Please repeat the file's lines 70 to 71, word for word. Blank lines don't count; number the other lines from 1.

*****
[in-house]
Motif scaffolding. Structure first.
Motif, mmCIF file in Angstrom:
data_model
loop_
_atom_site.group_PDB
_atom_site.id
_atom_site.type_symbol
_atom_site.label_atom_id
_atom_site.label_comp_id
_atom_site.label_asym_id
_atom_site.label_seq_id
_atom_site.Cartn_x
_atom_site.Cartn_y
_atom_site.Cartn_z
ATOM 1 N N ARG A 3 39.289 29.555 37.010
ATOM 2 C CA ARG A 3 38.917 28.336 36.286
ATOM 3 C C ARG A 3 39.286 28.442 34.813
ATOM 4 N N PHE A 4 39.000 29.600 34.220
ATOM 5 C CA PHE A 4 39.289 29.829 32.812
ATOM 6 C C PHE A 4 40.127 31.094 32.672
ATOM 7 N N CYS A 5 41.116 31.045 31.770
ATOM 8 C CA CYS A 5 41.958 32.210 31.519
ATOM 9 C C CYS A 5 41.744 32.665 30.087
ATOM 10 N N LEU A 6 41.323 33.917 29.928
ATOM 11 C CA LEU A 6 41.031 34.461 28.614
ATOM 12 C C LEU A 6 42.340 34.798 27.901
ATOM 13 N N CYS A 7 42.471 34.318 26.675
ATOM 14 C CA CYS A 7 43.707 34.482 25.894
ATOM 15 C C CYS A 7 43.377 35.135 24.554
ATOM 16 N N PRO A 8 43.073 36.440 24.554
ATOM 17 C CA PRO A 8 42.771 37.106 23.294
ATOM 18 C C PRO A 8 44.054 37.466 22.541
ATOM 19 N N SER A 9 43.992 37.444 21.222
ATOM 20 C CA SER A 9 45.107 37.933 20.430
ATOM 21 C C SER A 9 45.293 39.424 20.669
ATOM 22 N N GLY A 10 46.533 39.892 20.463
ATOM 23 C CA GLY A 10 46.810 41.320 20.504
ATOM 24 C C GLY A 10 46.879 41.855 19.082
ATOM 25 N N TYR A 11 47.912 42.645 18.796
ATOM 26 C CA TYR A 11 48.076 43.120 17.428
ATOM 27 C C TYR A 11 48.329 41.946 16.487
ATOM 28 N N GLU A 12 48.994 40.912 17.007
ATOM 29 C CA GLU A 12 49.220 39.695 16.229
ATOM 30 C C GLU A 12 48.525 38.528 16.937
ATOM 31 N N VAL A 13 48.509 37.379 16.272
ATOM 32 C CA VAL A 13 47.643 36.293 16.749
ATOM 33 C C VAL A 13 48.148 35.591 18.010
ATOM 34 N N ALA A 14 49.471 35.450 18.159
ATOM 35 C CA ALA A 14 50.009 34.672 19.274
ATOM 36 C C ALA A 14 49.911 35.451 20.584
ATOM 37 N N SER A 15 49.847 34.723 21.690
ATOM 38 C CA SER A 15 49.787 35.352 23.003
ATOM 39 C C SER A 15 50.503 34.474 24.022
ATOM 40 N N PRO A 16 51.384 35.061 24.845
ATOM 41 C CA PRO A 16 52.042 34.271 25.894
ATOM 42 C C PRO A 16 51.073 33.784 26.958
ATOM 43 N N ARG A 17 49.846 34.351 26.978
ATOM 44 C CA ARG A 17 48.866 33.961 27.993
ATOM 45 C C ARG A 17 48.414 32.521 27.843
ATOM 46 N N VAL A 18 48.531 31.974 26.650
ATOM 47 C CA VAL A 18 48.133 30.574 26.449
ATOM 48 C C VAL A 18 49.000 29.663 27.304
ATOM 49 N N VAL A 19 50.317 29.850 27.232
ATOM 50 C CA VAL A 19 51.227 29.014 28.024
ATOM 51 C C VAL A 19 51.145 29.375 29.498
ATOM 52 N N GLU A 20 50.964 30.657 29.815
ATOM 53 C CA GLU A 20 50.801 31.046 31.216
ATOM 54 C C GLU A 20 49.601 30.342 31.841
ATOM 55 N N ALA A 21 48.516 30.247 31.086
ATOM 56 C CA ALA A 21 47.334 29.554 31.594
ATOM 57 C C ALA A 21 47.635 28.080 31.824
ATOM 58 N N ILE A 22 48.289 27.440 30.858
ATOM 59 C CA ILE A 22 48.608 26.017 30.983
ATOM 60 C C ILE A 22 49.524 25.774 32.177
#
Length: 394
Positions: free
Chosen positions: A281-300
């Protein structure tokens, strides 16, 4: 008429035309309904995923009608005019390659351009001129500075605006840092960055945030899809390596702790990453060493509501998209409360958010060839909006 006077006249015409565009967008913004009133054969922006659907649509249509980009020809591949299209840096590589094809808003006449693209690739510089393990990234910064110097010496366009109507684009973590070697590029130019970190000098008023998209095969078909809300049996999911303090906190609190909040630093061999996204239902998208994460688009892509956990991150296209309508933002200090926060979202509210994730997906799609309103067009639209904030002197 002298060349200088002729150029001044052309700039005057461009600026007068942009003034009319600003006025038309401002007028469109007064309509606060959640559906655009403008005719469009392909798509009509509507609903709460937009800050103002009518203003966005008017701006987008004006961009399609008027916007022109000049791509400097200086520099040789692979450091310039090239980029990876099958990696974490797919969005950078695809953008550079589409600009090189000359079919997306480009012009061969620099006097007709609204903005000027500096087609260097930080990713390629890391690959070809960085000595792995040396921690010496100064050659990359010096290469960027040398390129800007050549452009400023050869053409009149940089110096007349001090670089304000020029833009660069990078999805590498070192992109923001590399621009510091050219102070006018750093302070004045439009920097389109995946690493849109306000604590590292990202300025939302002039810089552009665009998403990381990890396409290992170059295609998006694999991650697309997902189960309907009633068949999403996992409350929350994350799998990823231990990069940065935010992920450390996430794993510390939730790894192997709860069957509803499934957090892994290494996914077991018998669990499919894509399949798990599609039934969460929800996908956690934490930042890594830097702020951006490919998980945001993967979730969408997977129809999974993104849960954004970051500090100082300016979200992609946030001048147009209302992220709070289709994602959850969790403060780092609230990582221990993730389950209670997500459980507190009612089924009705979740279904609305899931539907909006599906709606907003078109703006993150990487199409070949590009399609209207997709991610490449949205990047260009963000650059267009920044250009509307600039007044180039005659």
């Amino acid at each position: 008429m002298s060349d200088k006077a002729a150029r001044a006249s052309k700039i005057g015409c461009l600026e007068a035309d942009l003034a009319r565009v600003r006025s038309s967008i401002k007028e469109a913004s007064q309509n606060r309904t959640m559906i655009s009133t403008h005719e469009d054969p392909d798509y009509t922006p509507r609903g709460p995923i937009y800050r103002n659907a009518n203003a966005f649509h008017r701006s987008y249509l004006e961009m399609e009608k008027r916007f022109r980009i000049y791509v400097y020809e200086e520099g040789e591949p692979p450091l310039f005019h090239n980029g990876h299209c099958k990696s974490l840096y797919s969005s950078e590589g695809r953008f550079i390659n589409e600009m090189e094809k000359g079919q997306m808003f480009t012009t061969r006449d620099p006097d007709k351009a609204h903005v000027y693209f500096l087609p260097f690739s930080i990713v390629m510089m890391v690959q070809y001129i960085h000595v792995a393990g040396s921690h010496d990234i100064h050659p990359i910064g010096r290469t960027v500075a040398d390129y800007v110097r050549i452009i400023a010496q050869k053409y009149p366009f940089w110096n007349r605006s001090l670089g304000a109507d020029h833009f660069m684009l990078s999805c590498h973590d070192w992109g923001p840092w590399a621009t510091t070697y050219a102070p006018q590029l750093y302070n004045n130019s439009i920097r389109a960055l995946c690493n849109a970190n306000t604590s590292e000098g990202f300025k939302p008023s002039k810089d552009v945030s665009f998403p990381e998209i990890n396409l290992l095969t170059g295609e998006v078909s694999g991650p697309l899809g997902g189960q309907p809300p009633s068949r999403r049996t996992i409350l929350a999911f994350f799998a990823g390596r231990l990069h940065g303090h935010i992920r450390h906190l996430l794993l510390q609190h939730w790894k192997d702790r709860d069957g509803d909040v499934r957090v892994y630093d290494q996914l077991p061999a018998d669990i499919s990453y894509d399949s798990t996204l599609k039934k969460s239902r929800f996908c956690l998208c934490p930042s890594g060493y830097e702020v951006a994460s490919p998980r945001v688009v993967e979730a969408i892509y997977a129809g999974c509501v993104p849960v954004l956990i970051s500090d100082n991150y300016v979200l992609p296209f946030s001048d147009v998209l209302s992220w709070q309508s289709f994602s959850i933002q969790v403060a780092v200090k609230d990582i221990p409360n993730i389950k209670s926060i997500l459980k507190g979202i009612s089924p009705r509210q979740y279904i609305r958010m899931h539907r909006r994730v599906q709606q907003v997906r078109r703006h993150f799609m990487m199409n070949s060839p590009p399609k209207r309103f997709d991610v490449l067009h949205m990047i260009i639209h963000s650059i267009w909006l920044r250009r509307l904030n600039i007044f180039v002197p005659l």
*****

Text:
ATOM 55 N N ALA A 21 48.516 30.247 31.086
ATOM 56 C CA ALA A 21 47.334 29.554 31.594